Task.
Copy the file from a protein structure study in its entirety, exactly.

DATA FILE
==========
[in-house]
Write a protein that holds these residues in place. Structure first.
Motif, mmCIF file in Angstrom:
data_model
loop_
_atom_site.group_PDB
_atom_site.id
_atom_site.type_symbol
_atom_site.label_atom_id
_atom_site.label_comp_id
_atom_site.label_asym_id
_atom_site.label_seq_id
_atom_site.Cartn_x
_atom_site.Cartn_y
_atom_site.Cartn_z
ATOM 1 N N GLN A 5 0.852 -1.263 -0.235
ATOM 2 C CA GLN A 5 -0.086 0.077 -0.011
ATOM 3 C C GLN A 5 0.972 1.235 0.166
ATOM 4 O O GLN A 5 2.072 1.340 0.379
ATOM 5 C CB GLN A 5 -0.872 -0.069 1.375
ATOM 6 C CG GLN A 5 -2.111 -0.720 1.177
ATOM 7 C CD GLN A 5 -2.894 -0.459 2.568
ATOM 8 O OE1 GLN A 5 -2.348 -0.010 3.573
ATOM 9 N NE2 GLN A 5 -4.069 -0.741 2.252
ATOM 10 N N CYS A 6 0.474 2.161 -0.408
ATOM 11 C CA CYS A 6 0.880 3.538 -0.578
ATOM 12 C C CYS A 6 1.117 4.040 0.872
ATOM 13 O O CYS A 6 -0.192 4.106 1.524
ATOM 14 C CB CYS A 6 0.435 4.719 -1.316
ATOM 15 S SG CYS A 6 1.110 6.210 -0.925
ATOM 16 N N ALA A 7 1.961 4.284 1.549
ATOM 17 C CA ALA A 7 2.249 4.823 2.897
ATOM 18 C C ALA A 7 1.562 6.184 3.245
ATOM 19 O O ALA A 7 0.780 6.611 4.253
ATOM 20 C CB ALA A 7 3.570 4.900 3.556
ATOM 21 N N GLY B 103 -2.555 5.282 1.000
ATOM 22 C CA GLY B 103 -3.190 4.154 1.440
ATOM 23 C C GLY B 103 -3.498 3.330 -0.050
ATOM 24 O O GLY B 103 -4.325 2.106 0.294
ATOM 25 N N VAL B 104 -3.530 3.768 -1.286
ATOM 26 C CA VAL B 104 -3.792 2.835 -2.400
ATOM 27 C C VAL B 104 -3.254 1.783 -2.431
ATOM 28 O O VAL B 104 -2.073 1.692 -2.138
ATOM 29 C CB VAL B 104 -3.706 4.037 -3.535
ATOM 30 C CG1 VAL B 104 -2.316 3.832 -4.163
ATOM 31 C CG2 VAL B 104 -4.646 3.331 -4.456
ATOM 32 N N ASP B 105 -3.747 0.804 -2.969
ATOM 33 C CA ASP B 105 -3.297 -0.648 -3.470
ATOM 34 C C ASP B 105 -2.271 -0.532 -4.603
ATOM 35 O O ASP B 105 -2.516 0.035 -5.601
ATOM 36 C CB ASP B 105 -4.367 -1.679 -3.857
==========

[in-house]
Write a protein that holds these residues in place. Structure first.
Motif, mmCIF file in Angstrom:
data_model
loop_
_atom_site.group_PDB
_atom_site.id
_atom_site.type_symbol
_atom_site.label_atom_id
_atom_site.label_comp_id
_atom_site.label_asym_id
_atom_site.label_seq_id
_atom_site.Cartn_x
_atom_site.Cartn_y
_atom_site.Cartn_z
ATOM 1 N N GLN A 5 0.852 -1.263 -0.235
ATOM 2 C CA GLN A 5 -0.086 0.077 -0.011
ATOM 3 C C GLN A 5 0.972 1.235 0.166
ATOM 4 O O GLN A 5 2.072 1.340 0.379
ATOM 5 C CB GLN A 5 -0.872 -0.069 1.375
ATOM 6 C CG GLN A 5 -2.111 -0.720 1.177
ATOM 7 C CD GLN A 5 -2.894 -0.459 2.568
ATOM 8 O OE1 GLN A 5 -2.348 -0.010 3.573
ATOM 9 N NE2 GLN A 5 -4.069 -0.741 2.252
ATOM 10 N N CYS A 6 0.474 2.161 -0.408
ATOM 11 C CA CYS A 6 0.880 3.538 -0.578
ATOM 12 C C CYS A 6 1.117 4.040 0.872
ATOM 13 O O CYS A 6 -0.192 4.106 1.524
ATOM 14 C CB CYS A 6 0.435 4.719 -1.316
ATOM 15 S SG CYS A 6 1.110 6.210 -0.925
ATOM 16 N N ALA A 7 1.961 4.284 1.549
ATOM 17 C CA ALA A 7 2.249 4.823 2.897
ATOM 18 C C ALA A 7 1.562 6.184 3.245
ATOM 19 O O ALA A 7 0.780 6.611 4.253
ATOM 20 C CB ALA A 7 3.570 4.900 3.556
ATOM 21 N N GLY B 103 -2.555 5.282 1.000
ATOM 22 C CA GLY B 103 -3.190 4.154 1.440
ATOM 23 C C GLY B 103 -3.498 3.330 -0.050
ATOM 24 O O GLY B 103 -4.325 2.106 0.294
ATOM 25 N N VAL B 104 -3.530 3.768 -1.286
ATOM 26 C CA VAL B 104 -3.792 2.835 -2.400
ATOM 27 C C VAL B 104 -3.254 1.783 -2.431
ATOM 28 O O VAL B 104 -2.073 1.692 -2.138
ATOM 29 C CB VAL B 104 -3.706 4.037 -3.535
ATOM 30 C CG1 VAL B 104 -2.316 3.832 -4.163
ATOM 31 C CG2 VAL B 104 -4.646 3.331 -4.456
ATOM 32 N N ASP B 105 -3.747 0.804 -2.969
ATOM 33 C CA ASP B 105 -3.297 -0.648 -3.470
ATOM 34 C C ASP B 105 -2.271 -0.532 -4.603
ATOM 35 O O ASP B 105 -2.516 0.035 -5.601
ATOM 36 C CB ASP B 105 -4.367 -1.679 -3.857